Year   Number of Feeder Failures
                                                                  2005            1612
                                                                  2006            1547
                                                                  2007            1431
                                                                  2008            1239
                                                                  2009            1009

                                                         Table 1: Number of feeder failures in the city.


                                                         Step   Evaluation target    Methods, metrics, charts
                                                          1     Input data           Sparkline graph, data
                                                                                     checks and constraints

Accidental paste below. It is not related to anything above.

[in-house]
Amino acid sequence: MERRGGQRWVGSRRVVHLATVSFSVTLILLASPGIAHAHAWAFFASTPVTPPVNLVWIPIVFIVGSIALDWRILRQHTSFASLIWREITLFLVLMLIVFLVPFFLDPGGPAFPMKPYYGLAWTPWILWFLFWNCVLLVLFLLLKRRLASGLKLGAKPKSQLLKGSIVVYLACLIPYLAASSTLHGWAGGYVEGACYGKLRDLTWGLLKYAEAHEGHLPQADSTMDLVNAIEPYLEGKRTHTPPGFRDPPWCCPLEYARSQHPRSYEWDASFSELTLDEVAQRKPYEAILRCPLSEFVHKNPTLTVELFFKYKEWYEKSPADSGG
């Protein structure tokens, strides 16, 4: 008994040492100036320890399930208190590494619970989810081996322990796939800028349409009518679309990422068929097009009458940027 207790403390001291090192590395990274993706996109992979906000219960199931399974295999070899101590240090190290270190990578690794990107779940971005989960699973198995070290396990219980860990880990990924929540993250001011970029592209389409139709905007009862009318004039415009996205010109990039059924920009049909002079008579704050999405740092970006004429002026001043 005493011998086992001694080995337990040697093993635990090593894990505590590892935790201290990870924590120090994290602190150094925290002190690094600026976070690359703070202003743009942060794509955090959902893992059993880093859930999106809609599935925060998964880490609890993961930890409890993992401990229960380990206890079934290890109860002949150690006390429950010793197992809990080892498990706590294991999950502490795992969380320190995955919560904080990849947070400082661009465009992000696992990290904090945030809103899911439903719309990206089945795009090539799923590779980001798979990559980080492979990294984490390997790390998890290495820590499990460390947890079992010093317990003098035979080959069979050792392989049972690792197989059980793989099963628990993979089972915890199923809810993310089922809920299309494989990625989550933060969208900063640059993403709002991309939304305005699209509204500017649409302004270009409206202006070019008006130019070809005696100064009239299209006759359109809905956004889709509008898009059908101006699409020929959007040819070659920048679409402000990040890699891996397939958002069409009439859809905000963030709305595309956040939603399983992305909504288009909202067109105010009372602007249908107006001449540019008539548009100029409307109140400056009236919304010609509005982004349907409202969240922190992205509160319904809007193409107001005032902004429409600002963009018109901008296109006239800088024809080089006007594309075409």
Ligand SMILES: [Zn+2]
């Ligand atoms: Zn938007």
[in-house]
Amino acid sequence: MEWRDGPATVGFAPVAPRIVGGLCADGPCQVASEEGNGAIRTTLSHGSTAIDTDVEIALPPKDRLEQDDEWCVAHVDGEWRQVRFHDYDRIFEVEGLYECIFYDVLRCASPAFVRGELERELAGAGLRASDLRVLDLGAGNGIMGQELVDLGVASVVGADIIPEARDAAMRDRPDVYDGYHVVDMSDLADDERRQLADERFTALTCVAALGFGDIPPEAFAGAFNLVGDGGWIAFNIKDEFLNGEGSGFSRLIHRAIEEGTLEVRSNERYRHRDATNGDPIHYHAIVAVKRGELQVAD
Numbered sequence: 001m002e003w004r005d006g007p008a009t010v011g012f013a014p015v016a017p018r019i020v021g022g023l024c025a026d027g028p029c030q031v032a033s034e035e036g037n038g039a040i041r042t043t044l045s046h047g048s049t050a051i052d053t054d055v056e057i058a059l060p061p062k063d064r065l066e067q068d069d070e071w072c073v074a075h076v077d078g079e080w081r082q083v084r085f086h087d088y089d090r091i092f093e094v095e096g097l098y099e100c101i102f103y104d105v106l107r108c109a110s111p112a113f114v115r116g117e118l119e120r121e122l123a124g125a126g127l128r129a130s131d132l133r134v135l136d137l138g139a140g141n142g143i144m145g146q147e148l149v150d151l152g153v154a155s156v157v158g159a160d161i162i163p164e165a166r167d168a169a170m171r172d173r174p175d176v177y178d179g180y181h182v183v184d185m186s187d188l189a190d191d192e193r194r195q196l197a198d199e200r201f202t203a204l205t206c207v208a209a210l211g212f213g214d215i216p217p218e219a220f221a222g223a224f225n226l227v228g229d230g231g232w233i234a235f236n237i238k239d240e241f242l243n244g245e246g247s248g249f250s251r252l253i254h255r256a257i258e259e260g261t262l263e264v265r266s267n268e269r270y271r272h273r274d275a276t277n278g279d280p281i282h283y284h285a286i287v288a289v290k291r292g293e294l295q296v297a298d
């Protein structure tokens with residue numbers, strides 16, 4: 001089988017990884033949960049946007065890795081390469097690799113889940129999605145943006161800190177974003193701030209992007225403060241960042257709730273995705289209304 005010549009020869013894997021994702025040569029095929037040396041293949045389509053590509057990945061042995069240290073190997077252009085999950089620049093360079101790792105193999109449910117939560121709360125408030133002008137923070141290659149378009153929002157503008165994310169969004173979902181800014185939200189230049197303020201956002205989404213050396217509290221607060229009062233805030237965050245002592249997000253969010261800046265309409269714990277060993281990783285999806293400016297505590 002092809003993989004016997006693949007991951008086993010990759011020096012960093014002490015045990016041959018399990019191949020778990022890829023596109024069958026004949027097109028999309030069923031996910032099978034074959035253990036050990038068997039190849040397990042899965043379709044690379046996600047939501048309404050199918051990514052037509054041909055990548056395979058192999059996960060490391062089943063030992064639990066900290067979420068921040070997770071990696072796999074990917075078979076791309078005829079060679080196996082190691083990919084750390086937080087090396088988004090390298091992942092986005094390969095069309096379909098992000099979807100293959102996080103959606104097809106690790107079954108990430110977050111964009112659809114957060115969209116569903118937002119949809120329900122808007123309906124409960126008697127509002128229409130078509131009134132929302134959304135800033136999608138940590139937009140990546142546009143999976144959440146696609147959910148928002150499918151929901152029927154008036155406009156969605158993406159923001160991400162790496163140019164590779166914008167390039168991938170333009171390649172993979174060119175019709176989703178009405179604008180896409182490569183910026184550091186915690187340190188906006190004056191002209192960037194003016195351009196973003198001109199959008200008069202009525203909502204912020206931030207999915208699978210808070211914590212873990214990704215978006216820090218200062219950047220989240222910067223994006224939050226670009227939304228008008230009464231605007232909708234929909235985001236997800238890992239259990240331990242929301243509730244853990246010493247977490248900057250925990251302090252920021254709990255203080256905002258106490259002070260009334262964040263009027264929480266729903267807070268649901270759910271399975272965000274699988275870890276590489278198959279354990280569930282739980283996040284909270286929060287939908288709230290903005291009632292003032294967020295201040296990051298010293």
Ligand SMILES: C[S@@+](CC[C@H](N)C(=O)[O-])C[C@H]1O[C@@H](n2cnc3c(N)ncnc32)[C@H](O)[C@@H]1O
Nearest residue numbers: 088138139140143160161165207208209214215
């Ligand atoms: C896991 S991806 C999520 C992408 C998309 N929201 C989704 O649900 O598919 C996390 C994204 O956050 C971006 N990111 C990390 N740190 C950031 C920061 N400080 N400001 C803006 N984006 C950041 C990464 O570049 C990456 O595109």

2     Machine learning     ROC curve, AUC time
                                                                and data mining      series
                                                                results
                                                          3     Physical system      Duane plot, MTBF, fail-
                                                                improvements         ure rate, linear regression
Figure 5: Cumulative outages versus time log-log                Unified user inter-   Dashboard, charts, trig-
chart.                                                          face                 gers, warning messages,
                                                                                     alert emails

                                                    Table 2: Summary of techniques used in evaluation.

                                                      To summarize the four key steps of the NOVA frame-
                                                    work as described above, Table 2 lists the evaluation targets
                                                    and main techniques (e.g., methods, metrics, charts) used
                                                    at each evaluation stage.


                                                    4.    DISCUSSION
                                                       We have given examples above of each of the three steps